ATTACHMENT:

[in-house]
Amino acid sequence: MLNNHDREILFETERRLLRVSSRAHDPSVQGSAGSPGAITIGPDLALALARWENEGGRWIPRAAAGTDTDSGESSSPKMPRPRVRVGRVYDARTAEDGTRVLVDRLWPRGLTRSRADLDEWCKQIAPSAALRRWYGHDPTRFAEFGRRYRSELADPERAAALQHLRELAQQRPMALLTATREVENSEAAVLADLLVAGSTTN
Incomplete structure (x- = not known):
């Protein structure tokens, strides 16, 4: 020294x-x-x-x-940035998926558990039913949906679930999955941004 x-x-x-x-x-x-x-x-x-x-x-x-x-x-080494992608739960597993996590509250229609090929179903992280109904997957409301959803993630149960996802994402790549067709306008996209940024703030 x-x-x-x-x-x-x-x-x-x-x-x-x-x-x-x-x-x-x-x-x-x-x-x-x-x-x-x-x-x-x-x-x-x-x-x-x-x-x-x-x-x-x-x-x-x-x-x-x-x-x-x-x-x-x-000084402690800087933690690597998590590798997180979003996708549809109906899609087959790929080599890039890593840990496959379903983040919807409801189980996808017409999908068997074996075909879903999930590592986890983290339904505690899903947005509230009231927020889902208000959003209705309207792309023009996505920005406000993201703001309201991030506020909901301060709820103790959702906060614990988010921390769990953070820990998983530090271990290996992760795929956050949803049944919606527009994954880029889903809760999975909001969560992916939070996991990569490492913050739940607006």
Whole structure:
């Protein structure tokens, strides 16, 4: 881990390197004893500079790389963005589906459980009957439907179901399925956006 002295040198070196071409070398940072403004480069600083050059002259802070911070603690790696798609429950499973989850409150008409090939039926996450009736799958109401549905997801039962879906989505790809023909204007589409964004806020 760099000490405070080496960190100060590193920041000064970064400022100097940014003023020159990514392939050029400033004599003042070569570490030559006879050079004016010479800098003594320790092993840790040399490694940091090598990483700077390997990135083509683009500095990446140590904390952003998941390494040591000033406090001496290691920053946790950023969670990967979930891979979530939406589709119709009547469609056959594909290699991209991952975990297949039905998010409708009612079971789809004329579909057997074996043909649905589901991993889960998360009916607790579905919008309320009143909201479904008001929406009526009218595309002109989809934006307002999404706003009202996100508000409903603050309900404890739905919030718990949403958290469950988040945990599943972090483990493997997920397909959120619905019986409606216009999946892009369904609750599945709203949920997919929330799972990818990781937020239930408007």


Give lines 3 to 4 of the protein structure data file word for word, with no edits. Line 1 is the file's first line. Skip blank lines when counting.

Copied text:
Incomplete structure (x- = not known):
């Protein structure tokens, strides 16, 4: 020294x-x-x-x-940035998926558990039913949906679930999955941004 x-x-x-x-x-x-x-x-x-x-x-x-x-x-080494992608739960597993996590509250229609090929179903992280109904997957409301959803993630149960996802994402790549067709306008996209940024703030 x-x-x-x-x-x-x-x-x-x-x-x-x-x-x-x-x-x-x-x-x-x-x-x-x-x-x-x-x-x-x-x-x-x-x-x-x-x-x-x-x-x-x-x-x-x-x-x-x-x-x-x-x-x-x-000084402690800087933690690597998590590798997180979003996708549809109906899609087959790929080599890039890593840990496959379903983040919807409801189980996808017409999908068997074996075909879903999930590592986890983290339904505690899903947005509230009231927020889902208000959003209705309207792309023009996505920005406000993201703001309201991030506020909901301060709820103790959702906060614990988010921390769990953070820990998983530090271990290996992760795929956050949803049944919606527009994954880029889903809760999975909001969560992916939070996991990569490492913050739940607006």